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Dia de los Muertos: History, meaning and how to celebrate

When people think about the beginning of fall, first they probably think about how the nice weather makes for a good game of golf around Arizona golf communities. Next, attention likely goes towards the holidays, starting with Halloween. What many people don’t think about is the Dia de los Muertos holiday, immediately following Halloween on November 1st. While not as popular as Halloween or Thanksgiving, this fall celebration is rooted in southwest history and can be a fun way to remember loved ones. 

Dia de los Muertos

Dia de los Muertos

Dia de los Muertos originated in central and southern Mexico and although it coincides with the Catholic holiday of All Souls and All Saint’s Day, the indigenous Mexican people incorporated it into their own beliefs about celebrating departed souls. It is their belief that the gates to heaven open at midnight on October 31st and the spirits of deceased loved ones are reunited with their family for a 24-hour period.
In many homes, beautiful altars dedicated to passed loved ones are decorated with candles, flowers, pictures, and all kinds of traditional foods and drinks. The food and drink is intended to help the weary spirits of family members gain strength on their travels. Folk-art skeletons and sugar skulls are also representations at the altar and of the holiday. The celebration ends in the cemetery where tombs are cleaned and stories of the dearly departed are told.
The celebration of Dia de los Muertos has become quite popular in the U.S. and there are a couple ways you can celebrate this mystical day around the area. 
Botanical Garden’s Dia de los Muertos Celebration
October 29 – October 30
Understand and experience the true meaning of Dia de los Muertos through music, dance, and storytelling at this two-day, family-friendly celebration. There is live entertainment, face painting, and a community altar where you can leave a paper flower or note in memory of a loved one. There is an Ofrenda (offering) exhibit, where local artists have made personal altars for this celebration. Admission is $22 for ages 19-59, $20 for 60+, $12 for students, $10 for 3-12, and free for under 3.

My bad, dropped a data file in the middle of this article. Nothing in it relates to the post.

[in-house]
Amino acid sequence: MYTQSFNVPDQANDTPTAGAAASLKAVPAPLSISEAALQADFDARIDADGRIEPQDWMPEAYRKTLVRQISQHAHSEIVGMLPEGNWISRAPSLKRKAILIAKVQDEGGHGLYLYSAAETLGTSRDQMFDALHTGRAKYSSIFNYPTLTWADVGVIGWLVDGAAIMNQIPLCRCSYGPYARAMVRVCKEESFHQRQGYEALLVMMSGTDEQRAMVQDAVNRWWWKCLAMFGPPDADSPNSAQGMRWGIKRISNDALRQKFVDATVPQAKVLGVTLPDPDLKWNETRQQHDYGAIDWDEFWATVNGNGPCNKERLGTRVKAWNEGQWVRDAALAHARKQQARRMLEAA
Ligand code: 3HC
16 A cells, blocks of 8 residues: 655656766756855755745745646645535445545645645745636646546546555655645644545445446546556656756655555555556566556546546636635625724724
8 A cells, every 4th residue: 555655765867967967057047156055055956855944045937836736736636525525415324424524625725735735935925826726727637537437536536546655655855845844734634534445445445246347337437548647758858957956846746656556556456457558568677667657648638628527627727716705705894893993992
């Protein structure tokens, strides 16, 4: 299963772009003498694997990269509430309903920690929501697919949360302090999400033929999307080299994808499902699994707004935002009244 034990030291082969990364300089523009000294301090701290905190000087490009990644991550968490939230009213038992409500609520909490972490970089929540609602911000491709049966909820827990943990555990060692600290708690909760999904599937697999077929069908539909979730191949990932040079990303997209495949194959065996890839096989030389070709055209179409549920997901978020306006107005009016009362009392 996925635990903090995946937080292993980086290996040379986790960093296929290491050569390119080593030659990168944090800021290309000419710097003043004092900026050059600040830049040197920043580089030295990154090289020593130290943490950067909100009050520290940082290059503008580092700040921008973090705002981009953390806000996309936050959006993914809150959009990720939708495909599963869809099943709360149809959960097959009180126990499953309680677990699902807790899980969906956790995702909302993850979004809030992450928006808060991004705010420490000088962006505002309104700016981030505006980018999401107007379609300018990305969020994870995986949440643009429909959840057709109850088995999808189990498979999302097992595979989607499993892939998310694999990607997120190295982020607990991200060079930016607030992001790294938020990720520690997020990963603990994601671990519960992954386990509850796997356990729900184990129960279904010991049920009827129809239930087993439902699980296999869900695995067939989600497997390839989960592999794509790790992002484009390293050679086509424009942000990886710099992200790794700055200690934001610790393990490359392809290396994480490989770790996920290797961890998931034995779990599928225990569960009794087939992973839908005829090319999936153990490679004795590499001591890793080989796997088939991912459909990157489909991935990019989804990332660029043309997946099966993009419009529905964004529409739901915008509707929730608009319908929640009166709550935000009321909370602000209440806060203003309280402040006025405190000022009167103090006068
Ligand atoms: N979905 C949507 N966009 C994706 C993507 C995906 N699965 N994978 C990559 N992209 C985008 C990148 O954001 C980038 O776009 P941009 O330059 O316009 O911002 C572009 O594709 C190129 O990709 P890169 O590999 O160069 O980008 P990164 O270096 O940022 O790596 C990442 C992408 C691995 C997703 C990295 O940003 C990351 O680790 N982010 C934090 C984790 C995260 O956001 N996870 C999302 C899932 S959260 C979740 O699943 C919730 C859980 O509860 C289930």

Downtown Phoenix Dia de los Muertos Celebration
November 6
Join the Day of the Dead celebration in Downtown Phoenix. There will be live entertainment, food from local vendors, art on display from local artists, and many activities for the whole family. A community altar will be on display and a procession will be held during the celebration in remembrance of loved ones. Admission is free, but a canned food donation is highly appreciated.
No matter how you choose to celebrate Dia de los Muertos, whether it be in your home or out at a community celebration, it is all about the same thing: remembering your departed loved ones and reminiscing about the good times. 
Don Matheson
Realtor | Founder
The Matheson Team – RE/MAX Fine Properties
21000 N. Pima Rd., #100, Scottsdale, AZ 85255
[email protected]
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